Gingerbread Death Star celebrates the holidays in a galaxy far, far away
'It's actually really fun having it be something our family can share'
Every year, Dundas resident and McMaster University professor Kim Jones, and her eight-year-old son, Theo Risdale, make a gingerbread masterpiece.
This holiday season, to celebrate their shared passion for Star Wars and the release of Star Wars: The Rise of Skywalker, Jones and Theo took on the infamous Death Star.
Theo came up with the idea, and the family spent three weekends creating a Star Wars scene, this week put on display at his school, Dundas Central, in suburban Hamilton.
They made 'half' a Death Star out of gingerbread, which they baked over a bowl to get the right shape and filled with Rice Krispies — Theo's favourite part. The whole thing was covered in grey icing.
More than two dozen ships battle atop skewers and Darth Vader's TIE fighter, Theo's favourite ship, falls from the sky in the back. Candy canes shoot out of the Death Star's front, coming together in a beam that threatens to destroy a planet.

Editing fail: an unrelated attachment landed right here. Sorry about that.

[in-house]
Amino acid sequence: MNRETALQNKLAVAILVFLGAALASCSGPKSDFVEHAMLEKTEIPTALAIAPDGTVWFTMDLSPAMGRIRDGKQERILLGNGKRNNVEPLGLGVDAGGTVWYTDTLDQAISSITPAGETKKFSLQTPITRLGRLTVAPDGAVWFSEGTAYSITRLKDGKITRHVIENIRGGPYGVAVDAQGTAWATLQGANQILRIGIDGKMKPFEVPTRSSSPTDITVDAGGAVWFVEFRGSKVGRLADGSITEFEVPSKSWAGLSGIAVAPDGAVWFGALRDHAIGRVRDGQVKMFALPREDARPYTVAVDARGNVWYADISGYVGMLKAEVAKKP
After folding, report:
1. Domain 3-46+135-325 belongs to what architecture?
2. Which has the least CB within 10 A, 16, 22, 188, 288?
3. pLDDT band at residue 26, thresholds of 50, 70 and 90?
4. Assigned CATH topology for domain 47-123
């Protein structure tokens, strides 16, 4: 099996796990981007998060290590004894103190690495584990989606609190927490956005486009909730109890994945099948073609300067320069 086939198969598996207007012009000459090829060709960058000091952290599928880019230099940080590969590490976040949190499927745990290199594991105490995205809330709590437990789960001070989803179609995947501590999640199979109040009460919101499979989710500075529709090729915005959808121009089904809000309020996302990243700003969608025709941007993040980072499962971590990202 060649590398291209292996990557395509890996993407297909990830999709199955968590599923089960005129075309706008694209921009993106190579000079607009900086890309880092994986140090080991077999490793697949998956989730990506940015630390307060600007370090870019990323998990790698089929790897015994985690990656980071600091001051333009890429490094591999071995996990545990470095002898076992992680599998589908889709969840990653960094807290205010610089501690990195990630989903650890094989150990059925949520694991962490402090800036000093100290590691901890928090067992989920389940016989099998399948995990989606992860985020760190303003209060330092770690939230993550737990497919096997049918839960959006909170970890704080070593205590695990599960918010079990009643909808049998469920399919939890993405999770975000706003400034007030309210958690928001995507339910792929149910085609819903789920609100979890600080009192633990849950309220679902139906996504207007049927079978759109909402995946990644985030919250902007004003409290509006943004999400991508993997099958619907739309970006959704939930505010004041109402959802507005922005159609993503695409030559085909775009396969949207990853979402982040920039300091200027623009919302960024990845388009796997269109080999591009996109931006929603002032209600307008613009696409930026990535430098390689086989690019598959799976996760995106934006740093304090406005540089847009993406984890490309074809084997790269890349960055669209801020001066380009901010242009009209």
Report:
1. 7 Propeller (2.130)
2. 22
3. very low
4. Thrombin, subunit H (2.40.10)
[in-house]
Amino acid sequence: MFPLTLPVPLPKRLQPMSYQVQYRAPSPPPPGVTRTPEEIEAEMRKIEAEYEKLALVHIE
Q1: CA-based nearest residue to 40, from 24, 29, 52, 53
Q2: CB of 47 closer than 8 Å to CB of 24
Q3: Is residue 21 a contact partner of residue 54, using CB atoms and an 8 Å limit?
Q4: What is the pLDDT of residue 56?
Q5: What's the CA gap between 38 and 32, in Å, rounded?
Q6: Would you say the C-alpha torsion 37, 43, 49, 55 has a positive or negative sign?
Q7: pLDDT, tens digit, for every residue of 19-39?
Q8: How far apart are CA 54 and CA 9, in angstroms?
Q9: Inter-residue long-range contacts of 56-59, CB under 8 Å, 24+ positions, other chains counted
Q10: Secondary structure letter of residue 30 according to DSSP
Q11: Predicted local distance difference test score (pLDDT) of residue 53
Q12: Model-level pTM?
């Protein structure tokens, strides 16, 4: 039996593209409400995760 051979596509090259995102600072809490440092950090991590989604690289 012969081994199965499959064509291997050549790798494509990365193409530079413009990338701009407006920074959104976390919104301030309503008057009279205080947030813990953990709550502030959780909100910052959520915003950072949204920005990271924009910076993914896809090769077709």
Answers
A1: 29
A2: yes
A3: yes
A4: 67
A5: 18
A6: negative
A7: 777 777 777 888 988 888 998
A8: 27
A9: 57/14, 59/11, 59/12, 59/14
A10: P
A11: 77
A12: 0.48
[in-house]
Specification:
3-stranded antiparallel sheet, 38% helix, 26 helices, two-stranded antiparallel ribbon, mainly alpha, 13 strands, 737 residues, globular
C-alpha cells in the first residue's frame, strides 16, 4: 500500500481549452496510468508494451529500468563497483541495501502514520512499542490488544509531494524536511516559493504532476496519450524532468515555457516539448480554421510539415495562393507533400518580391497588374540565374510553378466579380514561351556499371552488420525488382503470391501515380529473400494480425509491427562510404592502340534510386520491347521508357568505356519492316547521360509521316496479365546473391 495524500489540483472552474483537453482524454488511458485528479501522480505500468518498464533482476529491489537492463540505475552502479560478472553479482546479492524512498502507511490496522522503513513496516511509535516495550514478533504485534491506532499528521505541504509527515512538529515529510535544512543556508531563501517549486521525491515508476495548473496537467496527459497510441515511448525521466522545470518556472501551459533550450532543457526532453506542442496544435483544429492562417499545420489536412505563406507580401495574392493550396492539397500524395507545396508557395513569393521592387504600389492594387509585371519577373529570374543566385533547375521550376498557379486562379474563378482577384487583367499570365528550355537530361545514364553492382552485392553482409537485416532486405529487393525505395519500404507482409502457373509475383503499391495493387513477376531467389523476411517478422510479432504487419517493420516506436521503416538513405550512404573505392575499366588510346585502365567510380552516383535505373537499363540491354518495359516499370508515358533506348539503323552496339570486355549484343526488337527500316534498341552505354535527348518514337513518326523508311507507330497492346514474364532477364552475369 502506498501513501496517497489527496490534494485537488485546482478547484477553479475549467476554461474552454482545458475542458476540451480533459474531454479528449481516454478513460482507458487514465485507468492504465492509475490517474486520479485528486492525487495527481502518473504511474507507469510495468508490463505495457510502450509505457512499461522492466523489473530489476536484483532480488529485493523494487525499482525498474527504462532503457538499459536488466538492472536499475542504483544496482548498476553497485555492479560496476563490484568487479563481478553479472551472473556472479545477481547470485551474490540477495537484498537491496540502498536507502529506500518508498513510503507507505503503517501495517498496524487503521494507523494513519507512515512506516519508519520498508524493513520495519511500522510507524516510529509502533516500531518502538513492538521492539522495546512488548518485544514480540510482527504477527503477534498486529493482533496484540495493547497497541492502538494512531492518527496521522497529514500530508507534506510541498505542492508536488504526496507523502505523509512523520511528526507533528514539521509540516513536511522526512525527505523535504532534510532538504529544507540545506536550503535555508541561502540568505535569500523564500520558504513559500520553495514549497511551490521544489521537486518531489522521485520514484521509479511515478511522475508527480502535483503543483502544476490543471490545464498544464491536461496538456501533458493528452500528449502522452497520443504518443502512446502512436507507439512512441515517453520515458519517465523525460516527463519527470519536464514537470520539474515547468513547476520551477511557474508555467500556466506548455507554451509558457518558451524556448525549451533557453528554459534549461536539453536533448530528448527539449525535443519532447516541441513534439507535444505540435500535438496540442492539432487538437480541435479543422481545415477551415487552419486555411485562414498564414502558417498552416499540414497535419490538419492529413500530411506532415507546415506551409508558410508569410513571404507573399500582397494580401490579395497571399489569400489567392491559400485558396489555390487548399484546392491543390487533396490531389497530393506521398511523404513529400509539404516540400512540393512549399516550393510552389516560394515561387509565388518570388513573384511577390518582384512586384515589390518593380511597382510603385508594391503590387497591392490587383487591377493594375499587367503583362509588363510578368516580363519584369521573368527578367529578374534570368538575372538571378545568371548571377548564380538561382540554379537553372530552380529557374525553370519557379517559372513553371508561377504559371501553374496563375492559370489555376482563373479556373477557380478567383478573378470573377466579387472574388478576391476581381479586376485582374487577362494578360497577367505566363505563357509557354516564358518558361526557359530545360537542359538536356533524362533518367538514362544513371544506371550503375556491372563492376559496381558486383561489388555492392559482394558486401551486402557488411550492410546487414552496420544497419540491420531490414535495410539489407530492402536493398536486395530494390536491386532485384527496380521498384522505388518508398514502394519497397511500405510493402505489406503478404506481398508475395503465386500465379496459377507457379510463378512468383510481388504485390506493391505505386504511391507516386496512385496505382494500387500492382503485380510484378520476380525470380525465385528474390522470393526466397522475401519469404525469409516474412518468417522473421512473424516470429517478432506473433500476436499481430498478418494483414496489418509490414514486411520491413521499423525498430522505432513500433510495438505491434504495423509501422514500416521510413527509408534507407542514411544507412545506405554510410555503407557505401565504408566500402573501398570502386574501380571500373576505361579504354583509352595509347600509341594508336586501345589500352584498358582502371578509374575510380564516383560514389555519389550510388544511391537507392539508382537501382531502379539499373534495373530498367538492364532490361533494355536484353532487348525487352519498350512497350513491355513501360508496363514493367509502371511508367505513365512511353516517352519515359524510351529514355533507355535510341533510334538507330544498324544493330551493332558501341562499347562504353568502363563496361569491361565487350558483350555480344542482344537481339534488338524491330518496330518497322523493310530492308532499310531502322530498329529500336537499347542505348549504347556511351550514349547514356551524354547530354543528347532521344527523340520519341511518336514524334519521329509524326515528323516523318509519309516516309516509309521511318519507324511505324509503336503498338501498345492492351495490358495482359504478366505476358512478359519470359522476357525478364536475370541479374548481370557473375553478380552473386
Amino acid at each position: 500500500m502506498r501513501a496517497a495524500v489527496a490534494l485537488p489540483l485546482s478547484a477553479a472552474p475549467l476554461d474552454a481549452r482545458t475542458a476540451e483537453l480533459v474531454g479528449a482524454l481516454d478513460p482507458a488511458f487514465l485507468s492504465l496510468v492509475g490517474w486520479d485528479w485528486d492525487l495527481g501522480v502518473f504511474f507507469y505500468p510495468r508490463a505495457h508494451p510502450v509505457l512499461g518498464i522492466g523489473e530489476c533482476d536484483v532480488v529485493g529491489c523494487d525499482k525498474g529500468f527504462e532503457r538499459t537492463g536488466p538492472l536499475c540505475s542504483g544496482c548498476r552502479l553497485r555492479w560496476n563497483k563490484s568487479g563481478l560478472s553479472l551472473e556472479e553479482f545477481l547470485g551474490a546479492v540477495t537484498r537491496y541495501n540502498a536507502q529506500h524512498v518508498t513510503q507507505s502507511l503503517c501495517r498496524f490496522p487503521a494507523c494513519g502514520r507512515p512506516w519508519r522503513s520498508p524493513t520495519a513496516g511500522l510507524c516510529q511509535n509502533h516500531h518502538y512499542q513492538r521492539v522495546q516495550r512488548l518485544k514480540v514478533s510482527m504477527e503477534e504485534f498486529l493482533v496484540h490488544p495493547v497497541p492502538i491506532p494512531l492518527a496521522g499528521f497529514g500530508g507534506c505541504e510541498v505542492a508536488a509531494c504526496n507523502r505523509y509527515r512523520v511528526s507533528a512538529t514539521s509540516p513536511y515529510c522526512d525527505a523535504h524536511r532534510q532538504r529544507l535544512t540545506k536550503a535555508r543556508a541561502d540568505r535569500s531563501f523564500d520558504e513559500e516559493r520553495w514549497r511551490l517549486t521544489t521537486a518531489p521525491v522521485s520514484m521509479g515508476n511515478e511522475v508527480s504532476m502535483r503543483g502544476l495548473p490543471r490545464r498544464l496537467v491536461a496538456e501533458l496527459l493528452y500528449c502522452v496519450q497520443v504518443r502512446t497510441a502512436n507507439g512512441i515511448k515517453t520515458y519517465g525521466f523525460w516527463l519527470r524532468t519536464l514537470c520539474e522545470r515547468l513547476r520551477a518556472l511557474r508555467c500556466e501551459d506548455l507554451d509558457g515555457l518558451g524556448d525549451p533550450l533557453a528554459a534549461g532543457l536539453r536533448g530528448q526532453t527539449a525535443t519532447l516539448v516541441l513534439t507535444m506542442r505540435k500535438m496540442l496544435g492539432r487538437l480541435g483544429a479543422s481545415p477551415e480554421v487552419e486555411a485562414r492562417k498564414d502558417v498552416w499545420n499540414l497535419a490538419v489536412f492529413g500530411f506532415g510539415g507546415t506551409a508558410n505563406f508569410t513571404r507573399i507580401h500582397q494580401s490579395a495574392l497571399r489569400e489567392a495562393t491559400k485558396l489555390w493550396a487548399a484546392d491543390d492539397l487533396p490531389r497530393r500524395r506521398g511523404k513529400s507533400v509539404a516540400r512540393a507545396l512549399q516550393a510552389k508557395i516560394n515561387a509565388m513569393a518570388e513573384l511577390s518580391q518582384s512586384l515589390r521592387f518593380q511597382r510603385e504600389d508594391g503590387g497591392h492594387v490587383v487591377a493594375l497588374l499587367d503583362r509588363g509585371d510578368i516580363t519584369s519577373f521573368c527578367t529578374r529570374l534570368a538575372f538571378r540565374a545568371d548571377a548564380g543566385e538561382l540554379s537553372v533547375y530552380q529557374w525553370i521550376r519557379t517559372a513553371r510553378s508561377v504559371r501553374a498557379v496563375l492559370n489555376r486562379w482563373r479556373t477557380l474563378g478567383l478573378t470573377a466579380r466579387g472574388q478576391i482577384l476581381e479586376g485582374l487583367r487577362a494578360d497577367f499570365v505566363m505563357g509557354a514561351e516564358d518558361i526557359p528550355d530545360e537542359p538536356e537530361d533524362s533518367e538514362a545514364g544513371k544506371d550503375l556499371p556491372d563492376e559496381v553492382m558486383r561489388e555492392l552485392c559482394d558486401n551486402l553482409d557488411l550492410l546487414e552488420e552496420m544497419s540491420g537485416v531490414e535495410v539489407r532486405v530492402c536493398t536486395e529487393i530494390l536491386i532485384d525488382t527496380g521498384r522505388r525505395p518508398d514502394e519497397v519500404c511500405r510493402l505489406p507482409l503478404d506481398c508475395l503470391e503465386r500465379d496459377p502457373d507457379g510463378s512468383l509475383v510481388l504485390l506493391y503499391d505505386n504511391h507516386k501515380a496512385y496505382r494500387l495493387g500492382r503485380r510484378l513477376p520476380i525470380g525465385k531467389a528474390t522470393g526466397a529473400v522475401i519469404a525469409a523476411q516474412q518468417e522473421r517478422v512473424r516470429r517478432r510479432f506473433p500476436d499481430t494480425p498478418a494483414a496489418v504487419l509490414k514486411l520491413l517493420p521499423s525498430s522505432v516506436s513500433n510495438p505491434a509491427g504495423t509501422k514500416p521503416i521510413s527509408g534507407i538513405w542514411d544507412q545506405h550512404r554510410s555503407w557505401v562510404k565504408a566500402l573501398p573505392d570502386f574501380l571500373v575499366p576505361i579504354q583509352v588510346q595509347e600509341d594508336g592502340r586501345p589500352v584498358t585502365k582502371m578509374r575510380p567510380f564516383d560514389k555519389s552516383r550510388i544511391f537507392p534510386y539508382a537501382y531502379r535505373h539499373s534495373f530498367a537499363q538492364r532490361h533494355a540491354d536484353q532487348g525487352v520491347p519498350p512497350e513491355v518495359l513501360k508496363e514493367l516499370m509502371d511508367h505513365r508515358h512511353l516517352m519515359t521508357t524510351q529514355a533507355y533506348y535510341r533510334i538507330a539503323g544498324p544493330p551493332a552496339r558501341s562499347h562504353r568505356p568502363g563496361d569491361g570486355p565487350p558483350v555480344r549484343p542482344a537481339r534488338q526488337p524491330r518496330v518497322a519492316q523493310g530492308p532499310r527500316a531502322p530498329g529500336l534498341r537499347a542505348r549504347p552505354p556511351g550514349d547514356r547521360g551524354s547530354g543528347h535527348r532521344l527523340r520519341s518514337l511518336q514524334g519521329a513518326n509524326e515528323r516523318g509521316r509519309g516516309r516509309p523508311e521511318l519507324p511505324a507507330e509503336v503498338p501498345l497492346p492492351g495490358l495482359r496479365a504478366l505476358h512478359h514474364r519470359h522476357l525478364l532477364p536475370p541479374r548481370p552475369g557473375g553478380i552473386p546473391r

It took a two-hour trip to Bulk Barn to get the best possible wings for the TIE fighters and proper nose for the X-wings.
"We played around with a few different iterations to make sure they were in the right scale, to make sure that they looked right," said Jones.
"We actually ended up with a fair bit of leftover candy because we tried to pilot a few different things and they weren't so successful."
For Jones, A New Hope was among the first movies she saw in theatres and sparked her lifelong love for R2-D2, its cantina scene, and "kick-butt" women like Princess Leia.
"I've had a love of Star Wars for all my life," she said. "It's actually really fun having it be something our family can share and I'm pretty happy [my son and partner] like it as much as I do."
Theo says he likes it because of all the fighting in space. But he also likes that it keeps him coming back every time.
"It's a cliffhanger every movie," he said. "Once you watch the first, you gotta watch every single other one."
While the moral stories might be cut and dry, Jones said, there's something charming about entertainment where the audience knows who's evil.
"It's very much a good versus evil universe," she said. "There's not a lot of shades of grey in it, which can be refreshing in times where it's harder to tell what's good and what's bad."
The Death Star will succumb to Theo and his classmates, who will break it apart and eat it before heading on holiday break.